William Butler (1818-1899) And Clementina Rowe (1820-1913)
The couple – who later got married – founded the American Methodist missions in Mexico and India. They were famous for their missionary works in the 19th century as Irish missionaries. William Butler was born in Ireland. After conversion, he joined the Wesleyan Church where he became a minister. On migrating to the USA in 1850, he married Clementina Rowe who had been his follower. The Butlers went on a mission to India in 1856 where they established orphanages for homeless children after the Sepoy Mutiny. After ensuring a strong footing for the church in India, they returned to the USA. Not relenting on the achievements in India, Mexico was next on their itinerary as they founded the Methodist movement there in 1873. At the time, Williams was the secretary of American and Foreign Christian Union, a body committed to missionary works in “papal nations.”
Beatrice Carmichael (1867-1951)
Carmichael’s birthplace was Belfast. Though born into Scottish ancestry, Carmichael grew up with Robert Wilson’s family after her father’s death and she unofficially adopted Wilson-Carmichael as her name. Her missionary journey started when she came into contact with a movement called Keswick. In 1893, she became the first Keswick missionary to join the CMS (Church Mission Society) and went on a mission to Japan and Ceylon, the name by which Sri Lanka was then known. Her next assignment came when she volunteered to serve in the Church of England’s Zenana Missionary Society.
In 1895, Carmichael had a remarkable time with many successes when she went on a mission to India, where the rest of her missionary life was spent. Among her successes were the itinerary evangelism she started and which was supported by Thomas Walker, himself a CMS missionary. She also founded the Dohnavur Fellowship that was registered in 1927. This movement was established to rescue many Indian children from negative practices such as their dedication to gods.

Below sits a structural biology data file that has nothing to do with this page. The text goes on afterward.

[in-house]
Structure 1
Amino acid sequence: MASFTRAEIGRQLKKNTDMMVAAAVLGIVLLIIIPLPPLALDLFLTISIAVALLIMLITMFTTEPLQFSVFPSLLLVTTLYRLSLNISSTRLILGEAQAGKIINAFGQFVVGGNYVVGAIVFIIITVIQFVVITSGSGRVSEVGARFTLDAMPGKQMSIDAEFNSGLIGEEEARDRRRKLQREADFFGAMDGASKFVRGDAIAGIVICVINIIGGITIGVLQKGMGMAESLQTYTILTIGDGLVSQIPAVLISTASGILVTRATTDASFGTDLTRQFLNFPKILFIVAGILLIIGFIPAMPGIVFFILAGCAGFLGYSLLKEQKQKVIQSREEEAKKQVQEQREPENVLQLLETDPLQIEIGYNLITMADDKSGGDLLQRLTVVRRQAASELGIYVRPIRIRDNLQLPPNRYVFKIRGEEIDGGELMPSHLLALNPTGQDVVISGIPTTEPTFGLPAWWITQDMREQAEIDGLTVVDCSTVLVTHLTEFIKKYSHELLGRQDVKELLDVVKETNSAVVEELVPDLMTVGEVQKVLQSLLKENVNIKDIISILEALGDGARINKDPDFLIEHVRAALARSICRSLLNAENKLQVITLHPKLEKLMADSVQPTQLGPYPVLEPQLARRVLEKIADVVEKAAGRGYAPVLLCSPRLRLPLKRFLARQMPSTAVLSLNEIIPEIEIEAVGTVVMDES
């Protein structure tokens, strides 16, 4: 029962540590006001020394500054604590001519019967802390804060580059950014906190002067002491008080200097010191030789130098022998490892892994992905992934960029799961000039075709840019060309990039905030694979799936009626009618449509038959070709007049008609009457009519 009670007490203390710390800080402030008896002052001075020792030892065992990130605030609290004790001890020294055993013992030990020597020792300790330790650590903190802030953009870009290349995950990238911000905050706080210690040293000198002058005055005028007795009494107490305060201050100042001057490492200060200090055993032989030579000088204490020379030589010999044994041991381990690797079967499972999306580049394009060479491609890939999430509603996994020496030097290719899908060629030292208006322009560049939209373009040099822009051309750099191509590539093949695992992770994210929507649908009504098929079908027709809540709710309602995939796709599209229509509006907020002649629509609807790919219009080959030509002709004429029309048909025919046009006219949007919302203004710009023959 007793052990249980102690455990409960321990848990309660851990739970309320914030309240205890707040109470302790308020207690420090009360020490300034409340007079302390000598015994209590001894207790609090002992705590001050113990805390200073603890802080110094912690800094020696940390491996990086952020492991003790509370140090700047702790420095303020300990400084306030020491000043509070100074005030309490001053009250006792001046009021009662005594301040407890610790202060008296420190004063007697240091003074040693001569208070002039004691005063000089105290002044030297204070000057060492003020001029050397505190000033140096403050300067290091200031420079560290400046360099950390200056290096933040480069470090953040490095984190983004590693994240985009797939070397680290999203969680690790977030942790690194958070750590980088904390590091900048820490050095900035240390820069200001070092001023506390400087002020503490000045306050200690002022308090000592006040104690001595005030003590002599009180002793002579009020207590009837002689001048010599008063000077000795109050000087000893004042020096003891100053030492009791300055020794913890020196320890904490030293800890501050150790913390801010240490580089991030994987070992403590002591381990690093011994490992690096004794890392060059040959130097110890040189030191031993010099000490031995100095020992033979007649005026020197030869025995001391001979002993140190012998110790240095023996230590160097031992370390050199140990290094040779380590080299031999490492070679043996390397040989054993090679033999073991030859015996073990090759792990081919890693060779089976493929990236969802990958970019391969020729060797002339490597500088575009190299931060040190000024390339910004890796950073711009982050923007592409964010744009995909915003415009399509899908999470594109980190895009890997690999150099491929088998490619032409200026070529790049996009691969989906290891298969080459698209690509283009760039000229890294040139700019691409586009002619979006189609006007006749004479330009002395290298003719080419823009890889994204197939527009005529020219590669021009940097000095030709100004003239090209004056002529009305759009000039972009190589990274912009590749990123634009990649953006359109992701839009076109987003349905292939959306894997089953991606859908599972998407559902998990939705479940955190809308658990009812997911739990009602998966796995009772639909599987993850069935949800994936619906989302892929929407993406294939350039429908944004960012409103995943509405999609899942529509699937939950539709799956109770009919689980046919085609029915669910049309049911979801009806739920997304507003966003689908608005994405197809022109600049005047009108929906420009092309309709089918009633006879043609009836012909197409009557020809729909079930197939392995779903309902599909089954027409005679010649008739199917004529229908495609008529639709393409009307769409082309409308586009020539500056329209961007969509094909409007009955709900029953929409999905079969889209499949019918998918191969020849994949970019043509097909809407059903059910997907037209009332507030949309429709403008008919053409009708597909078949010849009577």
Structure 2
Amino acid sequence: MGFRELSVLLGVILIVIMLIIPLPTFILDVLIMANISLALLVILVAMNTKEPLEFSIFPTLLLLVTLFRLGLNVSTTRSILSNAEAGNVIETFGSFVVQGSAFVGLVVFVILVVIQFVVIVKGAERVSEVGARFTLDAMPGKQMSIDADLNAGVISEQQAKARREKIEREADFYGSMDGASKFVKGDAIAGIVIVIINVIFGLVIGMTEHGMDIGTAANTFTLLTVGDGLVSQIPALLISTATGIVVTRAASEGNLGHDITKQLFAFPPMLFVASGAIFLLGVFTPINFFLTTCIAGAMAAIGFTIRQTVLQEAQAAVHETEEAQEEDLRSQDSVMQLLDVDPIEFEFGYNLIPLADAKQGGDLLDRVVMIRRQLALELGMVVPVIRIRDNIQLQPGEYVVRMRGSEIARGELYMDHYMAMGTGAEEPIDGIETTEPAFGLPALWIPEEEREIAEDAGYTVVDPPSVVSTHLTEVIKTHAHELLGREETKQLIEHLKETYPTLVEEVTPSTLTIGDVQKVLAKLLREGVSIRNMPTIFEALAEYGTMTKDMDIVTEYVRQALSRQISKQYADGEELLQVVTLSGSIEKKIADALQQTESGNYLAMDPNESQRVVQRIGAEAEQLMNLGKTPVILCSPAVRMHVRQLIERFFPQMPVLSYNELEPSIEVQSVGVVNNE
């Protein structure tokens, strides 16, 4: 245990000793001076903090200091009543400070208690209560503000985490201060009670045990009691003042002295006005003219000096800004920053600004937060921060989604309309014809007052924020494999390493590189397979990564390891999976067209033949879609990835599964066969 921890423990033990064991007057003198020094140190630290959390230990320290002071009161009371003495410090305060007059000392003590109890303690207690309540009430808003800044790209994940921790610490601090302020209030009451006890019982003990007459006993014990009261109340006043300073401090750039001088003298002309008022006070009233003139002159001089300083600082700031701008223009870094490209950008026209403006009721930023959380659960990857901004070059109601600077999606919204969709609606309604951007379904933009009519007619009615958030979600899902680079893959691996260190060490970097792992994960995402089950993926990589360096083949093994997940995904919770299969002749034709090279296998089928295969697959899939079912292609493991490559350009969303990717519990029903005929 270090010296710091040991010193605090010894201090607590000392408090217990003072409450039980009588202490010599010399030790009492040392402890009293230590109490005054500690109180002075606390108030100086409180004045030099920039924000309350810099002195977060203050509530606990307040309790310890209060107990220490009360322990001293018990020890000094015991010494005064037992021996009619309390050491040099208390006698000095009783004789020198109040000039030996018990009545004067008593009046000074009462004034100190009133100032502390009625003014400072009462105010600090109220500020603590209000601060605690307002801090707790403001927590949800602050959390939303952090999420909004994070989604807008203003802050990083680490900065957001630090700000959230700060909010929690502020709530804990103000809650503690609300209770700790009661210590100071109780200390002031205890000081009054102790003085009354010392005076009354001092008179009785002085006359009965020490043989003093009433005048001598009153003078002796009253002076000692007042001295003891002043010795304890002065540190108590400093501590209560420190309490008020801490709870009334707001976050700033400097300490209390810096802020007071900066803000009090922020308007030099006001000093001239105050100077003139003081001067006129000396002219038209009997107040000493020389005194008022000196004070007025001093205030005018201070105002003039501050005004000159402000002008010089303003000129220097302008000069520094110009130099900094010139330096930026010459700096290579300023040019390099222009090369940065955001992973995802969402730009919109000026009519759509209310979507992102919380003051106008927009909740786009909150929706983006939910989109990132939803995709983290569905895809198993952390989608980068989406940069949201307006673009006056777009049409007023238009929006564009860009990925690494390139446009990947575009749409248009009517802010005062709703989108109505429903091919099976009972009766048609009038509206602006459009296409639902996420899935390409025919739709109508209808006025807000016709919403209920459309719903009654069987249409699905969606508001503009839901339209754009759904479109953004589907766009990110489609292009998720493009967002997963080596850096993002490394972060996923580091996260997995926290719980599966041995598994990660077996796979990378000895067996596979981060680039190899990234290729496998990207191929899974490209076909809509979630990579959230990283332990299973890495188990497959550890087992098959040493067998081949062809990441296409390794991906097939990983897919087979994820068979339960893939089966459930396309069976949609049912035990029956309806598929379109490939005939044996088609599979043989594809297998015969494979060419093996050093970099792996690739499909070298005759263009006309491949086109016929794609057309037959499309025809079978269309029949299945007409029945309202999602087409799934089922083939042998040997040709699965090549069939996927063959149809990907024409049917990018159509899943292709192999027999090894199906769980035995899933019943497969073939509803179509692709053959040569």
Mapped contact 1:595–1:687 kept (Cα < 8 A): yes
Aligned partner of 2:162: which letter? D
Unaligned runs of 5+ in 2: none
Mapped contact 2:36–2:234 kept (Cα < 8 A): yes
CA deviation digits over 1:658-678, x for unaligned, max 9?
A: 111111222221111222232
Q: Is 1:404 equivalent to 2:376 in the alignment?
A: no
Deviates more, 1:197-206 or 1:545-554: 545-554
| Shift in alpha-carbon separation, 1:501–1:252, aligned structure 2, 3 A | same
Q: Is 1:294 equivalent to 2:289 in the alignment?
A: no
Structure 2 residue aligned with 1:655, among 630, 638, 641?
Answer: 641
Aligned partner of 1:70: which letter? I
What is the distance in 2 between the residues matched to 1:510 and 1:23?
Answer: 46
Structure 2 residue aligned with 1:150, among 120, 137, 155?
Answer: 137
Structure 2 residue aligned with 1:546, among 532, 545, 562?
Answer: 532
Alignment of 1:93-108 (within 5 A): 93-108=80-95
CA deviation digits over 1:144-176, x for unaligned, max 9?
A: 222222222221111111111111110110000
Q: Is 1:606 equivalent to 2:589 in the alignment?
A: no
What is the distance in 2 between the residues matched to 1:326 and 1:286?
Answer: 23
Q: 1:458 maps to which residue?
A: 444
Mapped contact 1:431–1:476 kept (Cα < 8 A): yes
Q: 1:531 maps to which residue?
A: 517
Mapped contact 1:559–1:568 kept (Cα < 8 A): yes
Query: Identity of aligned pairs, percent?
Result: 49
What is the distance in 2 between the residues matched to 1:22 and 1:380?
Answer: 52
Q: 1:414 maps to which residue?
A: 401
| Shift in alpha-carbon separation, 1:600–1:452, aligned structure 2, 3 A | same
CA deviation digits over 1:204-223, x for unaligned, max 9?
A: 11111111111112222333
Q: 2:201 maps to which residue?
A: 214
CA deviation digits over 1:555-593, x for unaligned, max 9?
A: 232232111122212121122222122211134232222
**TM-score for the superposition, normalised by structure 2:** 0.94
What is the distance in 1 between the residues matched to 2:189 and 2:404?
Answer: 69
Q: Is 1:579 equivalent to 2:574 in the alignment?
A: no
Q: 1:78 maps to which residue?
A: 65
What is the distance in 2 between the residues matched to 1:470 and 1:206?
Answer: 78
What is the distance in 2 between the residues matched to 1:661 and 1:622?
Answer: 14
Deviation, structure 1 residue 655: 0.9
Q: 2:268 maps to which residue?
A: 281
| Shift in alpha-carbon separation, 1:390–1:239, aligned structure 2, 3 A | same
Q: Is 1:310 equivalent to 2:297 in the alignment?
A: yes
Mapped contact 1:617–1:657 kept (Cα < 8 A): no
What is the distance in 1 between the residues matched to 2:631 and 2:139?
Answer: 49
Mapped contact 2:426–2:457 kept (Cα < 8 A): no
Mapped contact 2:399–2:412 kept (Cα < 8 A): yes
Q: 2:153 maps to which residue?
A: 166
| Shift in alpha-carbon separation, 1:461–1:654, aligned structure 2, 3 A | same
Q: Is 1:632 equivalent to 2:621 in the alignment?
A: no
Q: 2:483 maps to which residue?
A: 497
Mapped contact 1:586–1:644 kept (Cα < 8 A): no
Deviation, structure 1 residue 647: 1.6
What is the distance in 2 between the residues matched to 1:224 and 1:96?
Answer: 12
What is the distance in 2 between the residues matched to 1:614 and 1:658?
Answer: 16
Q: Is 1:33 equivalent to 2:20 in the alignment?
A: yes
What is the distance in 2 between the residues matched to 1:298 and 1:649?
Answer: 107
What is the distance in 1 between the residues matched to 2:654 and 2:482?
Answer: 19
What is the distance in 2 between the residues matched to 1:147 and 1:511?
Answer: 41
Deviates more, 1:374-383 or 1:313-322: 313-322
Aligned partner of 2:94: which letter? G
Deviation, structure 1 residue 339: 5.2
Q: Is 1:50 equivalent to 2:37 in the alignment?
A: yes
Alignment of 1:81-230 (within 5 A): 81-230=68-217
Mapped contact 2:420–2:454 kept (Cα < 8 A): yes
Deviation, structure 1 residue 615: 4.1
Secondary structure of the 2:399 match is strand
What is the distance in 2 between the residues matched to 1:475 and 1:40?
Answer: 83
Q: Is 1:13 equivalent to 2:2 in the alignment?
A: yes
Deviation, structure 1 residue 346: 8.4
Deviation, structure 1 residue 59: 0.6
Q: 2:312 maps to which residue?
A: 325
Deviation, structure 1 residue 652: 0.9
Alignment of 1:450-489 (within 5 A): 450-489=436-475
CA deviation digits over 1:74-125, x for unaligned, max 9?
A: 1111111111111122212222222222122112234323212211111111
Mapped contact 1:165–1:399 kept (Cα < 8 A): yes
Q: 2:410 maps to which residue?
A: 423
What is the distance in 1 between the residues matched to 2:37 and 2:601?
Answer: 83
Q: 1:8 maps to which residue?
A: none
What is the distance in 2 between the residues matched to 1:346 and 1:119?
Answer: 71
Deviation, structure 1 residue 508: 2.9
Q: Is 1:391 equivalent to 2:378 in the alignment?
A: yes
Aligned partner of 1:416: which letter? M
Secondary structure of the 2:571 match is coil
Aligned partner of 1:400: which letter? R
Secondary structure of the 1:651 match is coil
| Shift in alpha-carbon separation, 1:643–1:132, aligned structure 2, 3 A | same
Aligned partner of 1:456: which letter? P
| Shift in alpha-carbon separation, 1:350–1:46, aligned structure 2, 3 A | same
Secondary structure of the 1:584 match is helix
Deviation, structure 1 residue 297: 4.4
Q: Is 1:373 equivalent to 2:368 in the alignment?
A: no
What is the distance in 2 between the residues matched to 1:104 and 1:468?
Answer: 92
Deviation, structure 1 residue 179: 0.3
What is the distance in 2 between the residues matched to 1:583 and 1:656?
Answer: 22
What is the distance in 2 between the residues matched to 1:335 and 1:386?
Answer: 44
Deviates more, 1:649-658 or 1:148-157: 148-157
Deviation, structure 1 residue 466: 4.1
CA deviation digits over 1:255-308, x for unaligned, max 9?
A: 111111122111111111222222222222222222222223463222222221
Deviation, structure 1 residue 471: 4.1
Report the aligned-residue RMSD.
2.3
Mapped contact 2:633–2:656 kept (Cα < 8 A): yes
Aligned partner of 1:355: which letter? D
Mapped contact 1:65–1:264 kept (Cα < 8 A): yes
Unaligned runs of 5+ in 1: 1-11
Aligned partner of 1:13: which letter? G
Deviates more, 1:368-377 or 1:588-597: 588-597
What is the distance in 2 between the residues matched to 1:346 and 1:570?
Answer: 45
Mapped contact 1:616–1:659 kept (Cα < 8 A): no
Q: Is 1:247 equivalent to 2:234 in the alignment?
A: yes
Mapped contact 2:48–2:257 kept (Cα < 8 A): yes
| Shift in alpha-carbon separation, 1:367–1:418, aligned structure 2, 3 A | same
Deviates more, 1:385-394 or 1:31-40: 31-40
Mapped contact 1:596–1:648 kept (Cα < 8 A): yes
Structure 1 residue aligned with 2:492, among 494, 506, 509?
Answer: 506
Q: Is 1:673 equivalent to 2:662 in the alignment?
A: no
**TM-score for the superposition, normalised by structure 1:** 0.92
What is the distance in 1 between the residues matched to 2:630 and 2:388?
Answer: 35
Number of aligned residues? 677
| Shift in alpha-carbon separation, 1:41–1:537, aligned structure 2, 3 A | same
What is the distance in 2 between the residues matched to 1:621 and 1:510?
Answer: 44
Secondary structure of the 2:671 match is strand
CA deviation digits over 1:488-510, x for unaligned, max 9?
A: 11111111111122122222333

Alexander Cunningham Warren (1904-1977)
Warren was the general secretary of the CMS between 1936 and 1942. Born in Dun Laoghaire, Ireland, he had his early missionary experience in India. He became a member of the Hausa band whose mission was to evangelize the Hausa Muslims in the northern part of Nigeria. He served in the CMS mission to Zaria, Nigeria, in 1927 before returning to England on health grounds after about a year in Zaria.
As the secretary of the CMS, Warren had great impacts in mission conferences. He was an international advisor to Archbishop Geoffrey Fisher. He also educated the public through the publication of the monthly CMS Newsletters. Warren later occupied the positions of sub-dean and canon of Westminster Abbey from 1963 – 1973.
The missionary works from these notable men and women from Ireland will long be remembered for their impact on the societies in which they found themselves, both home and abroad.
The Controversy of Family Dicks
Irish Catholic Church has been having a lot of bad press in recent history, due to its scandals. Family Dicks is recent approach in the world of taboo fantasies that touches the delicate subject of step-family relations in sexual way. It’s very controversial and graphic interpretation of scandalous approach to matter of homosexuals. You can review it here.